The nerve growth factor gene is expressed in both neuronal and non-neuronal tissues in the human fetus

Department of Medical Chemistry, Karolinska Institute, Stockholm, Sweden.
International Journal of Developmental Neuroscience (Impact Factor: 2.58). 02/1991; 9(1):57-66. DOI: 10.1016/0736-5748(91)90073-U
Source: PubMed


In situ hybridization was used to study expression of beta-nerve growth factor receptor (NGF-R) mRNA in the early human fetus. In 8- to 12-week old fetuses, high labelling was found over motoneurons along the entire length of the lateral motor column. High levels of NGF-R mRNA were also seen over most developing nerve cell bodies in both the dorsomedial and ventrolateral part of the dorsal root ganglia. Lower, but clearly specific labelling was detected over a subpopulation of cells in Auerbach's plexus in the intestines. Evidence for a non-neuronal expression of NGF-R mRNA came from labelling over a subpopulation of cells in glomeruli of the kidney in a 12-week old human embryo. Myoblasts in skeletal muscle anlagen were labelled as well as cells along peripheral nerve. The widespread expression of NGF-R mRNA in the human fetus suggests that the NGF-R is important for development of a variety of different tissues of both neuronal and non-neuronal origin.

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    • "The expression of NGF has been studied both in human and animal models of myogenesis: NGF is expressed in developing muscle (Ernfors et al., 1991; Wheeler and Bothwell, 1992; Ip et al., 2001) and is down-regulated after birth (Ernfors et al., 1991; Ip et al., 2001). It appears to be reexpressed in adult muscle in the course of pathological conditions such as muscular dystrophy (Toti et al., 2003) and amyotrophic lateral sclerosis (Kust et al., 2002): de novo expression of NGF occurs in regenerating fibers and connective tissue myofibroblasts of the damaged muscles (Toti et al., 2003; Chevrel et al., 2006), suggesting that it may have a proregenerative role (Menetrey et al., 2000). "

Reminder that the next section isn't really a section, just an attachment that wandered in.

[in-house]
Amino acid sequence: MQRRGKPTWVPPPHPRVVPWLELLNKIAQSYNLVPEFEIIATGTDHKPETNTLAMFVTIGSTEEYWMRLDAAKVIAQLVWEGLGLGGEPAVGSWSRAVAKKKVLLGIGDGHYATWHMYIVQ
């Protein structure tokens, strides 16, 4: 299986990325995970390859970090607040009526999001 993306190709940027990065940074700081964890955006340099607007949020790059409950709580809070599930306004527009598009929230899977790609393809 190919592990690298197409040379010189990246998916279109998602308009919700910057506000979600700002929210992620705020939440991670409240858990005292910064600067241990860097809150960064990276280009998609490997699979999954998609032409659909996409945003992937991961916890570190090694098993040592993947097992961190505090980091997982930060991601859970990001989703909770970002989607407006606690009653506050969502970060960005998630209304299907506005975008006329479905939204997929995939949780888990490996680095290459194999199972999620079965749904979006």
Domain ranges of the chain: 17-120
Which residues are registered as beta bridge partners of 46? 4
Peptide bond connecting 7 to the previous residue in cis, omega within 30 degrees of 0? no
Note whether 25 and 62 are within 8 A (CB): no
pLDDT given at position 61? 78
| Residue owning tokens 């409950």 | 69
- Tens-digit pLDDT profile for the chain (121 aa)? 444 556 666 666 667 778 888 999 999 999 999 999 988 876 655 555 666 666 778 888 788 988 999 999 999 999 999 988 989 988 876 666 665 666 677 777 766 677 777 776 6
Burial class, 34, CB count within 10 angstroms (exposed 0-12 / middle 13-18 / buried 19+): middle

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    ABSTRACT: Regeneration of muscle fibers, lost during pathological muscle degeneration or after injuries, is mediated by the production of new myofibres. This process, sustained by the resident stem cells of the muscle, the satellite cells, is finely regulated by local cues, in particular by cytokines and growth factors. Evidence in the literature suggests that nerve growth factor (NGF) is involved in muscle fiber regeneration; however, its role and mechanism of action were unclear. We have investigated this issue in in vivo mouse models of muscle regeneration and in primary myogenic cells. Our results demonstrate that NGF acts through its low-affinity receptor p75(NTR) in a developmentally regulated signaling pathway necessary to myogenic differentiation and muscle repair in vivo. We also demonstrate that this action of NGF is mediated by the down-regulation of RhoA-GTP signaling in myogenic cells.
    Full-text · Article · Jul 2009 · Molecular biology of the cell
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    • "In addition, in situ hybridization has revealed NGFR mRNA in rat teeth (Byers et al., 1990). However, limited information is available regarding NGFR expression during prenatal development in humans (Ernfors et al., 1991; Christensen et al., 1993). To date, there are no studies regarding NGFR immunoreactivity in the palate and tongue in human fetuses. "
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    ABSTRACT: To investigate the temporospatial pattern of nerve growth factor receptor (NGFR) immunolocalization during human palatal closure. Human palate and tongue tissues from 33 embryos/fetuses, 9 to 22 weeks of fertilization age. Tissues were divided according to developmental stage and palatal development (before, during, and after closure) and then subjected to decalcification, paraffin embedding, serial sectioning, survey staining, and p75NGFR immunohistochemical staining. Specific temporospatial patterns of p75NGFR reactivity were observed; reactivity was intense in the soft tissue palatal shelves before and during palatal closure and was weaker in the palate after palatal closure. In the tongue, intense reactivity was seen throughout 9 to 22 weeks. The observed patterns suggest that p75NGFR may enable the visualization of physiological events in palatal closure during normal human development.
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